The theme of the connection of visual arts with architecture, or the cooperation of visual artists with architects in post-war Europe, basically follows two lines: a theoretical line and a political-institutional line. Especially in Eastern European architecture and socialist construction, art had specific conditions for its emergence between 1950 and 1989. Two terms arose in the German environment that are also used in principle in translations in other parts of Europe: the term “architekturbezogene Kunst” (architecture-related art), used by the Bauakademie as an official technical term in the German Democratic Republic, and the phrase “Kunst am Bau” (art in architecture) referring to the same concept in the democratic Federal Republic of Germany, however, the term was intended to have a primarily educational function.

Aesthetic education thus had the function of conveying socio-political messages. Just as knowledge of the history of art and the history of architecture is necessary for analysing this period, knowledge of the political-economic circumstances is necessary in the field of realisations in architecture, because by definition this public art is a political affair and not independent creation. Art in architecture was promoted not only in communist countries (for ideological reasons), but also in Western Europe as an aesthetic cultivation of contemporary architecture. From the mid-1950s onwards, visual art in architectural space appeared more and more frequently, which led to the adoption of legislative measures that regulated and supported this practice. A gradual transformation in the understanding of the task can be observed over the period under review, or the position of “public art”, presented as part of architecture or public space. This is naturally attributed to social development. If at the beginning of the 1950s the mission was to convey ideology and indoctrinate it, in the next period the focus shifts more towards design with the task of cultivating the “environment” and creating a certain atmosphere.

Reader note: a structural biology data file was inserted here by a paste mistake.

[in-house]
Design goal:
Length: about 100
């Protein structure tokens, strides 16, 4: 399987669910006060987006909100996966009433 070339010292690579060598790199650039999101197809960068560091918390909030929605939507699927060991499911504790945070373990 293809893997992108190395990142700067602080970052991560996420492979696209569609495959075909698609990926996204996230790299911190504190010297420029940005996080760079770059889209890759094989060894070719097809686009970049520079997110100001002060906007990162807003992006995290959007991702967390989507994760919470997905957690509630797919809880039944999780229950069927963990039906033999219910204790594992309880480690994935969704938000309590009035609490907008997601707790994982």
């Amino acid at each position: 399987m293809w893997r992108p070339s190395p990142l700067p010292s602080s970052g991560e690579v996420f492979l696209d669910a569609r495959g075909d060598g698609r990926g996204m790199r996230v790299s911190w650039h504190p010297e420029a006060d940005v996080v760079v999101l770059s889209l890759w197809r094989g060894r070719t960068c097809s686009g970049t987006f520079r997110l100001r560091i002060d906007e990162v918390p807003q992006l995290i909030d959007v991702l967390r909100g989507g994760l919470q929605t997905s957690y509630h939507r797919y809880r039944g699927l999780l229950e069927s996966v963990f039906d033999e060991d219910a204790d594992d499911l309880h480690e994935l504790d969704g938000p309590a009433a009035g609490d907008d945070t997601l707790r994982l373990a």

The study also peripherally explores forms of arts support in the context of other European countries. The idea of integration between art and architecture dates back to the very origins of both disciplines. During the avant-garde movement at the beginning of the twentieth century, it acquired a new meaning and social purpose and became one of the most defining characteristics of modernism. Modernism arose from the expectation of moral and material reconstruction of the world devastated by war, which served as a tool to strengthen collective identity and, consequently, to forge the bond between the city and its inhabitants.

Our study traces the development of the relationship and funding of visual arts in architecture in the Slovak and European context in the 20th century. In 1965, Government Resolution No. 355/1965 was adopted in Czechoslovakia. Art in architecture was considered to be a work that constitutes an integral part of architecture and its design was already part of the project documentation. In practice, these works were placed in public spaces, in the interiors of buildings or in the immediate vicinity of buildings’ exterior, or were part of the design of a housing estate. The works are often fixed into the architectural framework, which means that they cannot be manipulated in any other way, they can only be destroyed. Furthermore, our paper deals with the ongoing research of works of art created in the context of architecture in Slovakia.

Rise of container structures along the Danube River in Bratislava: Transformation of the embankment after the river regulation
By Monika Bočková